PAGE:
The dress code was dictated by different mourning stages, which for a widow would last at least two years. In the first stage – full mourning – a widow would wear head-to-toe black, including a scratchy crape veil. Depending on the household income, her dress might be made of paramatta silk, cashmere or a cheaper fabric like bombazine.

After a year and one day, the widow moved into ‘second mourning’. At this stage – which lasted nine months – she could wear her veil lifted back over her head and also allow herself a little ornamentation, perhaps some fabric trim added to her dress or a piece of mourning jewellery.

The last stage was three to six months of ‘half mourning’ during which time widows could gradually move to a less sombre way of dressing. They could dispense with their black mourning dresses – known as ‘widow’s weeds’ – and wear their normal clothes, albeit in respectful colours such as grey, purple, violet and mauve. For this final mourning stage, the fashion became less formal and stiff, with the introduction of fabrics like velvet and silk along with lace, fringe and ribbons.

In the Victorian era, men didn’t apply such a strict fashion code. While a widower would mourn for two years, he’d simply wear his usual dark suit with black gloves, a cravat and hatband.

Wearing mourning clothes became less fashionable in the Edwardian era and its popularity dwindled further after the first and second wars. Today, many people reserve dressing in black just for the deceased’s funeral, though there’s no formal dress code for wearing black or a dark colour to a service. In fact, any colour goes so long as it’s in keeping with the wishes of the deceased or their family.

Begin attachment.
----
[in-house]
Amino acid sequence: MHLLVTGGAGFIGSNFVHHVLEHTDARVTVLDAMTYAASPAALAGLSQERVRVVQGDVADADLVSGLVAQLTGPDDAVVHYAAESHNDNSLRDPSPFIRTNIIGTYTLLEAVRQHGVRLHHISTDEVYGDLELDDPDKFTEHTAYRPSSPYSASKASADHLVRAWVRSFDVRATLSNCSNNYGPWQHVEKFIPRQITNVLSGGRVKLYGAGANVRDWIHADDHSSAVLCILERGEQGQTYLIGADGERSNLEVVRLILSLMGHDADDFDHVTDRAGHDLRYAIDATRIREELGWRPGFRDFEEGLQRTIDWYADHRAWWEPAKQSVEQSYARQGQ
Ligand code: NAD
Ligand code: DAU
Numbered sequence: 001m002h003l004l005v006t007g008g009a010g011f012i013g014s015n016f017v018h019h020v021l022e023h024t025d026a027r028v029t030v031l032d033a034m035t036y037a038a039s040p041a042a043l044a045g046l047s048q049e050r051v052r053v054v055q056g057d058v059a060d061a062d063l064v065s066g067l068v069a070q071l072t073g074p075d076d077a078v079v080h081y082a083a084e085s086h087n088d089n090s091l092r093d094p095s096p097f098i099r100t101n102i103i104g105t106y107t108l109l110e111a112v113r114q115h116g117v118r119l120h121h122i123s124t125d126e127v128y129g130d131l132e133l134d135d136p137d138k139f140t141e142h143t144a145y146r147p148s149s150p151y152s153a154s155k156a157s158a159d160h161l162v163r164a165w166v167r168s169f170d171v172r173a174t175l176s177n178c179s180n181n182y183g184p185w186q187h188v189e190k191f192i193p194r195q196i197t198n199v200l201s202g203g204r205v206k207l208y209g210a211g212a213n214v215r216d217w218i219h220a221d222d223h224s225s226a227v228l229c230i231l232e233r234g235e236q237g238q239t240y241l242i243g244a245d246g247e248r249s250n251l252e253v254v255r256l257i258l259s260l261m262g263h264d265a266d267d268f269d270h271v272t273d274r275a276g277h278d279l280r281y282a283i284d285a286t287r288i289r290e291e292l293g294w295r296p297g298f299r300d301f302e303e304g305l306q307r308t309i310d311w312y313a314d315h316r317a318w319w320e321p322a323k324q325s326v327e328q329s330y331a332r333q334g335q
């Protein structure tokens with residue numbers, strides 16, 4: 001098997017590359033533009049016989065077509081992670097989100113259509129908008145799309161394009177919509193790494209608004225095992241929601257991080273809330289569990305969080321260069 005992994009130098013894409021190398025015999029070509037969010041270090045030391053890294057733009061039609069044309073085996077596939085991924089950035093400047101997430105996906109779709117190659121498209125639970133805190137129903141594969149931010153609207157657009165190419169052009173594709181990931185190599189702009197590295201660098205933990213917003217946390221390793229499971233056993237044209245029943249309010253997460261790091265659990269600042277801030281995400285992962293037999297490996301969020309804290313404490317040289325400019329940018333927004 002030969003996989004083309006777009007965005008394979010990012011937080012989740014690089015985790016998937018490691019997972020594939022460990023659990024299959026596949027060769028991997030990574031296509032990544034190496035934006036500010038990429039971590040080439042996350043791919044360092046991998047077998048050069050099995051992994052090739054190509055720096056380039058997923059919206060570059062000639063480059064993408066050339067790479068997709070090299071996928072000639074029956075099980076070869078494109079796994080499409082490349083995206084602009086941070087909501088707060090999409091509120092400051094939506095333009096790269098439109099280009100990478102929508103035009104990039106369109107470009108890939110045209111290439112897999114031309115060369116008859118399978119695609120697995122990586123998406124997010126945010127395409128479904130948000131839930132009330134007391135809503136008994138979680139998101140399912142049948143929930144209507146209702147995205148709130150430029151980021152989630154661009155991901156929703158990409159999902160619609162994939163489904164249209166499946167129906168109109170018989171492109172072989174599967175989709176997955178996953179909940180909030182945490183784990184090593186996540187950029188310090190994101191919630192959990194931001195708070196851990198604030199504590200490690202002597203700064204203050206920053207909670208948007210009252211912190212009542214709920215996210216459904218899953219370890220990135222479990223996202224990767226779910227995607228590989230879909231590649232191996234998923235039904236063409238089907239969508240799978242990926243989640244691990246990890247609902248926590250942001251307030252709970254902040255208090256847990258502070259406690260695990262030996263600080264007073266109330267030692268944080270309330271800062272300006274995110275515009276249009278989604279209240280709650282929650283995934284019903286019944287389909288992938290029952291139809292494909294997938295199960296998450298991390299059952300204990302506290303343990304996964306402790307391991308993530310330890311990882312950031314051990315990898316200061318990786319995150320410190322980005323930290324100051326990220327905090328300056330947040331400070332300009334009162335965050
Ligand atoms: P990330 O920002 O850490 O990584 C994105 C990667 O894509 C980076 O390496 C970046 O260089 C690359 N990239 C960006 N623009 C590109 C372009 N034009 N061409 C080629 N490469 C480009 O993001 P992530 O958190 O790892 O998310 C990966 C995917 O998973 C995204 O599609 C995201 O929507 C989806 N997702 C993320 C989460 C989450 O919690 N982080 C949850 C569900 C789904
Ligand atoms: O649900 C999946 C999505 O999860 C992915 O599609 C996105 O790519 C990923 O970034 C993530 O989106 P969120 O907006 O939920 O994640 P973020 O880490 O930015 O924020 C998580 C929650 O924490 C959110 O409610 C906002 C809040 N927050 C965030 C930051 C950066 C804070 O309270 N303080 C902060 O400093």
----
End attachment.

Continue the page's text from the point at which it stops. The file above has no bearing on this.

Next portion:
If you’re arranging a funeral, it’s useful to let attendees know any special clothes requirements. Your loved one might have talked about wanting their funeral to be a sea of bright colours or there may be a favourite colour the deceased always wore. They could perhaps have been known for their spotty scarves or mismatching socks, which you could ask people to wear at the service. These personal touches can help to reflect your loved one’s personality and strengthen people’s memories of them.

* If you need help planning a funeral, please call us on 01438 316623